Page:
Response of selenium status indicators to supplementation of healthy North American men with high-selenium yeast

Wayne Chris Hawkes, B. Diane Richter, Zeynep Alkan, Elaine C. Souza, Monique Derricote, Bruce E. MacKey, Ellen L. Bonnel

Research output: Contribution to journalArticle

28 Citations (Scopus)

Abstract

The essential nutrient selenium is required in microgram amounts [recommended dietary allowance (RDA)∈=∈55 μg/day, 699 nmol/day] and has a narrow margin of safety (upper tolerable intake limit∈=∈400 μg/day, 5 μmol/day). We conducted a randomized placebo-controlled study of high-selenium yeast, the form used in most supplements (300 μg/day, 3.8 μmol/day), administered to 42 free-living healthy men for 48 weeks. Dietary intakes of selenium, macronutrients, and micronutrients were not different between groups and did not change during the study. Supplementation more than doubled urinary selenium excretion from 69 to 160 μg/day (876 to 2,032 nmol/day). Urinary excretion was correlated with recent selenium intake estimated from 3-day diet records: urinary selenium excretion∈=∈42 μg/day (533 nmol/day)∈+∈0.132∈×∈dietary selenium intake, p∈<∈0.001. Dietary selenium intake was not significantly correlated with the other indicators of selenium status, presumably because urinary selenium excretion reflected recent intake, and tissue selenium was homeostatically controlled. After 48 weeks of supplementation, plasma selenium was increased 60% from 142 to 228 μg/l (1.8 to 2.9 μmol/l), and erythrocyte selenium was approximately doubled from 261 to 524 μg/l (3.3 to 6.6 μmol/l). Selenium concentrations increased more modestly in hair (56%) and platelets (42%). Platelets were the only blood component in which glutathione peroxidase activity was significantly related to selenium content. Selenium levels decreased rapidly after the end of supplementation, and there were no significant differences in selenium status indicators between groups by week 96. The absorption, distribution, and excretion of selenium from high-Se yeast were similar to selenium in foods.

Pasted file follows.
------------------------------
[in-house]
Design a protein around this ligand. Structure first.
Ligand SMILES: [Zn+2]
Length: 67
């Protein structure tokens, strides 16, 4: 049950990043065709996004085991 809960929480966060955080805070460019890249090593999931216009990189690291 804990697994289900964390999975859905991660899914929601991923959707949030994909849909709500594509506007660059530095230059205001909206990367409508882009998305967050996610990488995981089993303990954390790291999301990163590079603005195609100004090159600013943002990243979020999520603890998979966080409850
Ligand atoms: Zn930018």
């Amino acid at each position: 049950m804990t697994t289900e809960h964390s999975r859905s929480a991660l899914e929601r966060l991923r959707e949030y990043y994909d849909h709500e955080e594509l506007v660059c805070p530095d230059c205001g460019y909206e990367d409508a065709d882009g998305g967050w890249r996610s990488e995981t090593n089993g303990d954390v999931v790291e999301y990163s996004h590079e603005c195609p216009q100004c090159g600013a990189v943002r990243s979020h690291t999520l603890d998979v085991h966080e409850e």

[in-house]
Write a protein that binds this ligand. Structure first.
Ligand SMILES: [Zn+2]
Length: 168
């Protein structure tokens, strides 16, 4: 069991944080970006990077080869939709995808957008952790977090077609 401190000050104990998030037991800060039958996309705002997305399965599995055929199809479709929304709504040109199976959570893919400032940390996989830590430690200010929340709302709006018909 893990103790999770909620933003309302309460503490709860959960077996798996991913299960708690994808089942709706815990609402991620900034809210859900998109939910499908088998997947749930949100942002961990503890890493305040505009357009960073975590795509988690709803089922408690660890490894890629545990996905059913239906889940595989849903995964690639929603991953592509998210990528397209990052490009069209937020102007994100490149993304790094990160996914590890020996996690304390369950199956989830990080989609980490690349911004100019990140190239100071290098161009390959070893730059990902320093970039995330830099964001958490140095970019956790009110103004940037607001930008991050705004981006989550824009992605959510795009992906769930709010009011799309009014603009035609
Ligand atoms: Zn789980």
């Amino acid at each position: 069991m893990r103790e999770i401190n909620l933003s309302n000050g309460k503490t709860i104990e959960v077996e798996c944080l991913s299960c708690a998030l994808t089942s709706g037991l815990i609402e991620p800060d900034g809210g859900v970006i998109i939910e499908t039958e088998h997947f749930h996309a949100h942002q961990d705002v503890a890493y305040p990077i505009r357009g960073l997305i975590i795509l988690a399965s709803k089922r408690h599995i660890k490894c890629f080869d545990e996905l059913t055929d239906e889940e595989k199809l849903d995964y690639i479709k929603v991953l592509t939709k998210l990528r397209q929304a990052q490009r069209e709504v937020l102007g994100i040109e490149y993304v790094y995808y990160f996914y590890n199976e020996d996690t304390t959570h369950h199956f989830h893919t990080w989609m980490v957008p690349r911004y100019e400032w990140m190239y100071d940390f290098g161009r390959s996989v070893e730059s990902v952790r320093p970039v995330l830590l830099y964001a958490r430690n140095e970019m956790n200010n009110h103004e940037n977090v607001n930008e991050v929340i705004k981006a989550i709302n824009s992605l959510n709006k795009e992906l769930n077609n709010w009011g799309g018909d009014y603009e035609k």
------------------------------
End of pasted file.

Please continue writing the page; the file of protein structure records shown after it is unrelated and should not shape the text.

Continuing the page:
Original languageEnglish (US)
Pages (from-to)107-121
Number of pages15
JournalBiological Trace Element Research
Volume122
Issue number2
DOIs
StatePublished - May 2008

Fingerprint

Selenium
Yeast
Yeasts
Platelets
Blood Platelets
Diet Records
Recommended Dietary Allowances
Food
Micronutrients
Nutrition
Glutathione Peroxidase

Keywords

  • Diet assessment
  • Nutritional status
  • Selenium supplementation
  • Yeast

ASJC Scopus subject areas

  • Biochemistry, Genetics and Molecular Biology(all)
  • Endocrinology
  • Endocrinology, Diabetes and Metabolism

Cite this

Hawkes, W. C., Richter, B. D., Alkan, Z., Souza, E. C., Derricote, M., MacKey, B. E., & Bonnel, E. L. (2008). Response of selenium status indicators to supplementation of healthy North American men with high-selenium yeast. Biological Trace Element Research, 122(2), 107-121. https://doi.org/10.1007/s12011-007-8066-7

Response of selenium status indicators to supplementation of healthy North American men with high-selenium yeast. / Hawkes, Wayne Chris; Richter, B. Diane; Alkan, Zeynep; Souza, Elaine C.; Derricote, Monique; MacKey, Bruce E.; Bonnel, Ellen L.

In: Biological Trace Element Research, Vol. 122, No. 2, 05.2008, p. 107-121.

Research output: Contribution to journalArticle

Hawkes, WC, Richter, BD, Alkan, Z, Souza, EC, Derricote, M, MacKey, BE & Bonnel, EL 2008, 'Response of selenium status indicators to supplementation of healthy North American men with high-selenium yeast', Biological Trace Element Research, vol. 122, no. 2, pp. 107-121. https://doi.org/10.1007/s12011-007-8066-7
Hawkes, Wayne Chris ; Richter, B. Diane ; Alkan, Zeynep ; Souza, Elaine C. ; Derricote, Monique ; MacKey, Bruce E. ; Bonnel, Ellen L. / Response of selenium status indicators to supplementation of healthy North American men with high-selenium yeast. In: Biological Trace Element Research. 2008 ; Vol. 122, No. 2. pp. 107-121.
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